A class action lawsuit was filed recently against an auto insurer, claiming the insurance company fraudulently denied military families benefits following car accidents. The complaint alleges the company violated insurance laws and regulations and charges the insurer with breach of contract and breach of faith. The plaintiffs are asking for punitive damages from the company.
In a class action, there must be at least one named plaintiff, the person or people who have a representative claim. In this case, there are four such plaintiffs, all connected with the military.
For one active-duty servicewoman, the experience described in the complaint began when she was "induced" to purchase her auto insurance from the company. The company advertised its services to military families with promises of the "exclusive privileges" of its coverage. After a rear-end collision, though, this plaintiff's claim for medical treatment was denied.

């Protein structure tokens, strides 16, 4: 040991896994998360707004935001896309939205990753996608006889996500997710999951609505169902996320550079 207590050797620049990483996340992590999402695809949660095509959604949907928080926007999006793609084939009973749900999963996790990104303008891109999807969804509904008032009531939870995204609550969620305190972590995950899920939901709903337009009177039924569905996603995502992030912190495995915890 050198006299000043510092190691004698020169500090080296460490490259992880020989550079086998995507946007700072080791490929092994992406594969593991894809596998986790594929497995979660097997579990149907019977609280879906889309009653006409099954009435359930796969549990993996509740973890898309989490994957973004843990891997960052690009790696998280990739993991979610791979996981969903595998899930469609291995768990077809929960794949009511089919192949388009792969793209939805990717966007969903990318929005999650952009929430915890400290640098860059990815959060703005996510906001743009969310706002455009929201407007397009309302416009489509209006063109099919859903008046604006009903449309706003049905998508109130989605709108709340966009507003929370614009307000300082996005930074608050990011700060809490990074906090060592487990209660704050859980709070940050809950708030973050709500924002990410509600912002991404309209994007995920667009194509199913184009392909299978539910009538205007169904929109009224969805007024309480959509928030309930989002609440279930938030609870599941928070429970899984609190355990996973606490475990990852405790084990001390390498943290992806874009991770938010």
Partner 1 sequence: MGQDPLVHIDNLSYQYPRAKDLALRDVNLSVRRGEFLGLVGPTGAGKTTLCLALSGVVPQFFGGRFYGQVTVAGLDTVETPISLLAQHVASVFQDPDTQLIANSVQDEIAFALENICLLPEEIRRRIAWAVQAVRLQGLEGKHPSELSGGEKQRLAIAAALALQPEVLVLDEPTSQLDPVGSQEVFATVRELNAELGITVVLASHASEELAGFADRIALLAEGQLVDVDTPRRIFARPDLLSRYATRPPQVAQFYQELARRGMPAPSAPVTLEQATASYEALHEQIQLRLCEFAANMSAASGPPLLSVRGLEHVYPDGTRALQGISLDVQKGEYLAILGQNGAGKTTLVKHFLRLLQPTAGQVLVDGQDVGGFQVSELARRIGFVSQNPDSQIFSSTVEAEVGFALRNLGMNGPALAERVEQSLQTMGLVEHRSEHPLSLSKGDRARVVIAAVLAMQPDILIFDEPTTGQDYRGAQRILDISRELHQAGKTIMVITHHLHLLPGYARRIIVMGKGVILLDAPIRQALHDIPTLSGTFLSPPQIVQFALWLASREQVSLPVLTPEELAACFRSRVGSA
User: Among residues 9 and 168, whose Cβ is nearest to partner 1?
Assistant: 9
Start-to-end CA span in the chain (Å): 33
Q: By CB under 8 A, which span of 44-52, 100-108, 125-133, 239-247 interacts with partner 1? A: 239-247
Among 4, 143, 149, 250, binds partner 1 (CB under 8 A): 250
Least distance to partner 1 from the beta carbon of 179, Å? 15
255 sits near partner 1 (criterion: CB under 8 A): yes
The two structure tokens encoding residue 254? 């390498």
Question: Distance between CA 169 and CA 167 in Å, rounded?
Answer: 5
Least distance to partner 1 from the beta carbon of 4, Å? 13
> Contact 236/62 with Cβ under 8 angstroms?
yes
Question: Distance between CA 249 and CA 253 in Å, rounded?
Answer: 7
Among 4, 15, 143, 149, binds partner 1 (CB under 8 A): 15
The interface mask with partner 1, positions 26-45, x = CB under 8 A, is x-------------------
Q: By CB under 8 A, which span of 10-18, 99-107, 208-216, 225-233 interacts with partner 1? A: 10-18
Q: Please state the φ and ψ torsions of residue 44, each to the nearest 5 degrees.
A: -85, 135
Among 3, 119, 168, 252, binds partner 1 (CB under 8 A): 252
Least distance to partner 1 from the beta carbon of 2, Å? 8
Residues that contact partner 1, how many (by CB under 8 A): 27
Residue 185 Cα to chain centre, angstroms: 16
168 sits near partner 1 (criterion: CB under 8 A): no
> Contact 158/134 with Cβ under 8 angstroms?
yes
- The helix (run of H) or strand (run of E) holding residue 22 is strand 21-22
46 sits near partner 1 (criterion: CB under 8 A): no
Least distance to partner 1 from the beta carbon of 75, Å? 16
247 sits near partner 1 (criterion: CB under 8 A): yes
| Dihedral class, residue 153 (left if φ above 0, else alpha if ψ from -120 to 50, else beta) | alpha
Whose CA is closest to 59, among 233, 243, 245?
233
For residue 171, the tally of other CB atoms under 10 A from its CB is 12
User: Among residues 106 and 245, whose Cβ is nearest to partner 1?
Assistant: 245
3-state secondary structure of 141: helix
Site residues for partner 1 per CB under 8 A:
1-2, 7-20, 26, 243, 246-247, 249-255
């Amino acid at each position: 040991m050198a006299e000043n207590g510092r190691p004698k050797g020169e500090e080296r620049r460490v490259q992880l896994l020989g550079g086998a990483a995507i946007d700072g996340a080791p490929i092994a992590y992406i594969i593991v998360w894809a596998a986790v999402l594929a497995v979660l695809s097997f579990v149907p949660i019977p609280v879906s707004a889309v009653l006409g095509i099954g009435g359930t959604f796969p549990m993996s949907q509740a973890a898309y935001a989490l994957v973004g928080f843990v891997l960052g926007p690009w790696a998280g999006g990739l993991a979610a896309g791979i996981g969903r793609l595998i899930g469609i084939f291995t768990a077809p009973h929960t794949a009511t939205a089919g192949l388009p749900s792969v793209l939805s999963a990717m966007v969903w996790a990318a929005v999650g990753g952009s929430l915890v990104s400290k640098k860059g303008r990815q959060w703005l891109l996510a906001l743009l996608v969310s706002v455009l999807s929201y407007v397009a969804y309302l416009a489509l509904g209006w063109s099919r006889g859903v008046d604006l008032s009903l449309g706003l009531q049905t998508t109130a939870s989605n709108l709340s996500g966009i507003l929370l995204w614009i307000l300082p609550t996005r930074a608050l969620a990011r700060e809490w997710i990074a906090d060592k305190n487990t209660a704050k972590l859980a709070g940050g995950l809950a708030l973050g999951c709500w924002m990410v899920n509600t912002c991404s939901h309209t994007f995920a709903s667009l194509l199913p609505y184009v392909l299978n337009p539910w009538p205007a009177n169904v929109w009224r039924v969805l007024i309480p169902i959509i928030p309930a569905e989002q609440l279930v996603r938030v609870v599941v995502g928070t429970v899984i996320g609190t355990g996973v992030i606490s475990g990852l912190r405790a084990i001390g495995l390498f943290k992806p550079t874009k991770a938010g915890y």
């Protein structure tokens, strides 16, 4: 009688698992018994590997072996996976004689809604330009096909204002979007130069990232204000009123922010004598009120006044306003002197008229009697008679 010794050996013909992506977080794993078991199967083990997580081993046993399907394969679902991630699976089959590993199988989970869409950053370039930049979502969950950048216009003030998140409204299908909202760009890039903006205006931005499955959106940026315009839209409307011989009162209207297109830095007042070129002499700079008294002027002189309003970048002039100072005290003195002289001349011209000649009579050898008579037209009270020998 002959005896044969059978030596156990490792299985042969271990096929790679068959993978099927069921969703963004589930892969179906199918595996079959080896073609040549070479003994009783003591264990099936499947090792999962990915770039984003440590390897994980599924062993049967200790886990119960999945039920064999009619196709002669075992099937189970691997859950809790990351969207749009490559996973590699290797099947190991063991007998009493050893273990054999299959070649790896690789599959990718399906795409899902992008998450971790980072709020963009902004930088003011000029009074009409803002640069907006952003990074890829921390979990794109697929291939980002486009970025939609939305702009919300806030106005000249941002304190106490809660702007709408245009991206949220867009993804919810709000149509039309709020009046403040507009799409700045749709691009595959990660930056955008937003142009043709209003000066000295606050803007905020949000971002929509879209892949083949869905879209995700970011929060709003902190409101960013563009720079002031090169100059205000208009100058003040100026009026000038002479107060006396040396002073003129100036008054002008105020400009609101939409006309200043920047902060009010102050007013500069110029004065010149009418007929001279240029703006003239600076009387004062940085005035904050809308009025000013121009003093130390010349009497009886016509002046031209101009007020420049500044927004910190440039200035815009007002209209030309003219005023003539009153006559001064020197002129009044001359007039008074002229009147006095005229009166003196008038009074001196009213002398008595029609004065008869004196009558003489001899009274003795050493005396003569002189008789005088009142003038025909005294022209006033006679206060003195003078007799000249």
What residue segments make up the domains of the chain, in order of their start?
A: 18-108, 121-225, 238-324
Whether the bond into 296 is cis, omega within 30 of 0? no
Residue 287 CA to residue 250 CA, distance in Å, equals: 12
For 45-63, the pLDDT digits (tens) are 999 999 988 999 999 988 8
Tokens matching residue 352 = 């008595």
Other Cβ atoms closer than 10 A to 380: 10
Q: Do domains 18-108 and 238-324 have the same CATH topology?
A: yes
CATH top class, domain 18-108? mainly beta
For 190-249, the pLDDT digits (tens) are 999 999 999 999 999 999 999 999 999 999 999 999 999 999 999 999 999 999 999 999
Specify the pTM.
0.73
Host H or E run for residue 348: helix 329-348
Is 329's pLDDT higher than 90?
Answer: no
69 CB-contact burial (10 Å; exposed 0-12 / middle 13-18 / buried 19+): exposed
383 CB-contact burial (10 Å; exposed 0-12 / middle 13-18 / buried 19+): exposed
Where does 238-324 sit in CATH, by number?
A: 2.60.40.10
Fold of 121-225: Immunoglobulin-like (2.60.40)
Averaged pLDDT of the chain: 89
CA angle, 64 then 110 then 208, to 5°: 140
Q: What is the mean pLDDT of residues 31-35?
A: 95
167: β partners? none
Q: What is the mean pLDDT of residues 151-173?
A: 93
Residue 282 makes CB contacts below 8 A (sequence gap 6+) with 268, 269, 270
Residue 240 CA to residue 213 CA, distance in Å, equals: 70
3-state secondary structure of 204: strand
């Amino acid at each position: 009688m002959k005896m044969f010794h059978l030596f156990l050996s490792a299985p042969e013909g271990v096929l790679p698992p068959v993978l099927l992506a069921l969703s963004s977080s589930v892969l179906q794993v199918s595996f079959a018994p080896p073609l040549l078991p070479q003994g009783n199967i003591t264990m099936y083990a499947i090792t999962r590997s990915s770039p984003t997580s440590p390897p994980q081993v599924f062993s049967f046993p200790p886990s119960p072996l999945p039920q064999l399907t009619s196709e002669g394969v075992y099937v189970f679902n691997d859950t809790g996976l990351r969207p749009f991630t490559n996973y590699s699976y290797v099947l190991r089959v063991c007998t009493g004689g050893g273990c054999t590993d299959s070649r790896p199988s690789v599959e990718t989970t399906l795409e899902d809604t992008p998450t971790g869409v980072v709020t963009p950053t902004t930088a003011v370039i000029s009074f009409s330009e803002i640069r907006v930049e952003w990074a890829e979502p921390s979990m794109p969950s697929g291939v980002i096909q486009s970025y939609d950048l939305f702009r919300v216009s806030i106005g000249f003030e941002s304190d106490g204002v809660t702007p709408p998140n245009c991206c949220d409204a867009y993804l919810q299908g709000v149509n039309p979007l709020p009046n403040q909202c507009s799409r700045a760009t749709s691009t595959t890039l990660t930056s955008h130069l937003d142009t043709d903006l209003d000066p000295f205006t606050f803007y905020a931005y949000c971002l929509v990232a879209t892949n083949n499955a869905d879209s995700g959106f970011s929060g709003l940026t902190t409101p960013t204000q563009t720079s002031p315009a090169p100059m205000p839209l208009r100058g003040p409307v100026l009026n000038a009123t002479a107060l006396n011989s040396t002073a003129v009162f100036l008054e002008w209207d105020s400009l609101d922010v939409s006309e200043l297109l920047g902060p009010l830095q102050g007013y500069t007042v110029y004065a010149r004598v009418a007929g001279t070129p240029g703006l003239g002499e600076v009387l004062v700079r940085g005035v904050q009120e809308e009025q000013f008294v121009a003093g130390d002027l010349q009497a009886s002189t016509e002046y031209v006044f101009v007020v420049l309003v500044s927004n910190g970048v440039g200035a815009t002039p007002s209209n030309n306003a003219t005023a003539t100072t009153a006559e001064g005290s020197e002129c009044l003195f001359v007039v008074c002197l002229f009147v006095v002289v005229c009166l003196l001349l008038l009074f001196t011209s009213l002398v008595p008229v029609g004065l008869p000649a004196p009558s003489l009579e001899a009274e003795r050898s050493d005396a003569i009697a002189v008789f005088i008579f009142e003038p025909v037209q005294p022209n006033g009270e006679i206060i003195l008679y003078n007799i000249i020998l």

The company, according to the complaint, sent the claim to another company that then prepared "sham file reviews." The reviews, of course, concluded that medical treatment was not necessary.
Another woman, this one the daughter of a veteran, tells a similar story. After an accident in which she was almost killed, her claim was forwarded to the same reviewing company, which proceeded to prepare a sham file review. That review bore the electronic signature of an acupuncturist in Colorado. According to the complaint, "the report states in no uncertain terms that 'A Physician Review' had been completed." The insured says the assertion is patently false.
Other named plaintiffs say their claims were denied based on as many as nine sham file reviews, all purportedly signed by non-physicians in states far removed from their home states or the state where their accidents occurred.
Reports included no information about the insurance company's reaction to the class action suit.
Source: CourthouseNews.com, "Class Action Claims Insurer Won't Cover Military Families in Need," Nick Mccann, 05/12/2011